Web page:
Publication

How we developed an emergency psychiatry training course for new residents using principles of high-fidelity simulation

A publication piece evaluating the effectiveness of a training course in emergency psychiatry

Thomson, A. B., Cross, S., Key, S., Jaye, P., & Iversen, A. C. (2013)

Highlights

  • New psychiatry residents are poorly prepared for the challenges of out-of-hours working. They must rapidly develop a new repertoire of clinical skills and acclimatize to a new workplace culture
  • We have addressed this challenge by developing an immersive high-fidelity simulation training course
  • Human patient simulation training has the potential to improve clinical care for patients by allowing residents to acquire common skills before encountering patients and by allowing practice of critical situations which are rarely encountered

 

Abstract

Background

New psychiatry residents must rapidly acquire new clinical skills and learn to work effectively with new colleagues. In medical and surgical specialties, high-fidelity simulation with structured debriefing is widely used, but so far this has not been applied to psychiatry.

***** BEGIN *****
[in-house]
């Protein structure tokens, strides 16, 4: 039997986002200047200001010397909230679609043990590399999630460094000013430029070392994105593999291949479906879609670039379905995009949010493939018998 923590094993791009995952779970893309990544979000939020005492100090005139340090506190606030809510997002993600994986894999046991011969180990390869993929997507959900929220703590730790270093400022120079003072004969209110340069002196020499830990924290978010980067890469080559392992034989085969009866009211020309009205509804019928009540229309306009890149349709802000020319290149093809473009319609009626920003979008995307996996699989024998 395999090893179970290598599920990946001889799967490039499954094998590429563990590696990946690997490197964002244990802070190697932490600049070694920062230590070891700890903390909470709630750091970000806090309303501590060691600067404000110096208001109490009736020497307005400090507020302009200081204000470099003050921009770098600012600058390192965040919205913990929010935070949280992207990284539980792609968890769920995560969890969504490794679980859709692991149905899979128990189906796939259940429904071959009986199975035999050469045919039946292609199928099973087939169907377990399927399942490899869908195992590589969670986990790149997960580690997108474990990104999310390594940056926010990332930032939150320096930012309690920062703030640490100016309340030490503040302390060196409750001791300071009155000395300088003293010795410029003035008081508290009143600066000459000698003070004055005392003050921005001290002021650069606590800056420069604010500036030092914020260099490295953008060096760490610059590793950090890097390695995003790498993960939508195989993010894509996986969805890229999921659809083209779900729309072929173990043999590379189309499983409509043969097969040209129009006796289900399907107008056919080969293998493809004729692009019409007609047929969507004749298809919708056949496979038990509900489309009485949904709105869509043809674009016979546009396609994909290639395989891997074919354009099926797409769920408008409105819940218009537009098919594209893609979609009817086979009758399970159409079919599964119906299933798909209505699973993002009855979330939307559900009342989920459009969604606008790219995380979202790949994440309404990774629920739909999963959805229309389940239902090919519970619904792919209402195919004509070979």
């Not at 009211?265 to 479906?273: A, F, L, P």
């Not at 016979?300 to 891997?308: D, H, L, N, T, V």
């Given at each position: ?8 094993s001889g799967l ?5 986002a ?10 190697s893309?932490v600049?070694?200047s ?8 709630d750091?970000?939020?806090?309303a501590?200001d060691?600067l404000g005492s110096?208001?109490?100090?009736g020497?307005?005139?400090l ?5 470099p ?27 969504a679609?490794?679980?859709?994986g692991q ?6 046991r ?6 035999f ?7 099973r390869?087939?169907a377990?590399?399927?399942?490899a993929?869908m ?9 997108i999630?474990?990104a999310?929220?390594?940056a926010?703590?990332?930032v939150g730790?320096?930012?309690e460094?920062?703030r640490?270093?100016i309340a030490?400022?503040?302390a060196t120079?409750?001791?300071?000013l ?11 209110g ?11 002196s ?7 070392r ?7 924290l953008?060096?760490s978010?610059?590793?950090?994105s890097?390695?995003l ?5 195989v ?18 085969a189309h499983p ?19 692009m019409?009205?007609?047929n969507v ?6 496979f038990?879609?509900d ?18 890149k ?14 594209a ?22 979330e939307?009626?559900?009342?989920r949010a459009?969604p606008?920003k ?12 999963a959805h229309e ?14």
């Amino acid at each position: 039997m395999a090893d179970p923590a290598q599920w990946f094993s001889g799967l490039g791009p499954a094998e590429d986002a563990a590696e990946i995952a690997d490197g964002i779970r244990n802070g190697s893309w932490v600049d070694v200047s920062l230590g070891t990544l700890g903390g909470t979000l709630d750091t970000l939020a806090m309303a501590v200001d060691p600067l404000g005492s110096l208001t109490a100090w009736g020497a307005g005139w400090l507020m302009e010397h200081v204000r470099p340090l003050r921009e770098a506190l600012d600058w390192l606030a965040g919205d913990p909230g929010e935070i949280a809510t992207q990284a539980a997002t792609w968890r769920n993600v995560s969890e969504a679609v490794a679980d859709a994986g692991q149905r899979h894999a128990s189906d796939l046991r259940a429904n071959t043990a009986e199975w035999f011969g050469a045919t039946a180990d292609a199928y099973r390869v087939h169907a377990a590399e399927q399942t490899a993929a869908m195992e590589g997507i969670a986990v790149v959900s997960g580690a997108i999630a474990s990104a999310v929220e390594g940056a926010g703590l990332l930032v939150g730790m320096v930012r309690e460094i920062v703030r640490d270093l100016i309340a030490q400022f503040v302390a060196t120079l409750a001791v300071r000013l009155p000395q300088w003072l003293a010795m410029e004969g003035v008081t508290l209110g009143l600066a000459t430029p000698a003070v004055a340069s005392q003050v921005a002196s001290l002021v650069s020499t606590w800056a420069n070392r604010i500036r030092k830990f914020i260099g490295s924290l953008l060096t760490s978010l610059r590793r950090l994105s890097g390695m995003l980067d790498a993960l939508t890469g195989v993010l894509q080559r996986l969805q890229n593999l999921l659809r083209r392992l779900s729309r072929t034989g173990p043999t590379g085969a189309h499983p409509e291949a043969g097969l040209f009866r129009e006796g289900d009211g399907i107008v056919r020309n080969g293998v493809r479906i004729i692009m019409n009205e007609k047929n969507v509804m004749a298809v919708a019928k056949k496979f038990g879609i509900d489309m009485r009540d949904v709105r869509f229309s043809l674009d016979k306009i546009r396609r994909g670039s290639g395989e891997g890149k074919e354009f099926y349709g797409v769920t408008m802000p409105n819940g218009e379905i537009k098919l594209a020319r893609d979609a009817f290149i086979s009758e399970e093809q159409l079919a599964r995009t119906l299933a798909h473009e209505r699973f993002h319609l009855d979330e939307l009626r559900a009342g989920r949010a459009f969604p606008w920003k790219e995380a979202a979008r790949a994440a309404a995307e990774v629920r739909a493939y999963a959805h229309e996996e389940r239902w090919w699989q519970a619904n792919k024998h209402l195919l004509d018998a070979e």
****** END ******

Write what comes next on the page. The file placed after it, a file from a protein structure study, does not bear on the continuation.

Method

New psychiatry residents must rapidly acquire new clinical skills and learn to work effectively with new colleagues. In medical and surgical specialties, high-fidelity simulation with structured debriefing is widely used, but so far this has not been applied to psychiatry.

Results

Evaluation of a pilot group found that the course was well received and improved participants’ workplace confidence.

Conclusion

Human patient simulation training has the potential to improve clinical care for patients by allowing residents to acquire common skills before encountering patients and by allowing practice of critical situations which are rarely encountered. We have successfully translated the training method to psychiatry in a novel course which combines human patient simulation with both manikins and actors. This method is popular among residents and educators, and we now plan expand the program with appropriate evaluation of whether the benefits justify the resources required.

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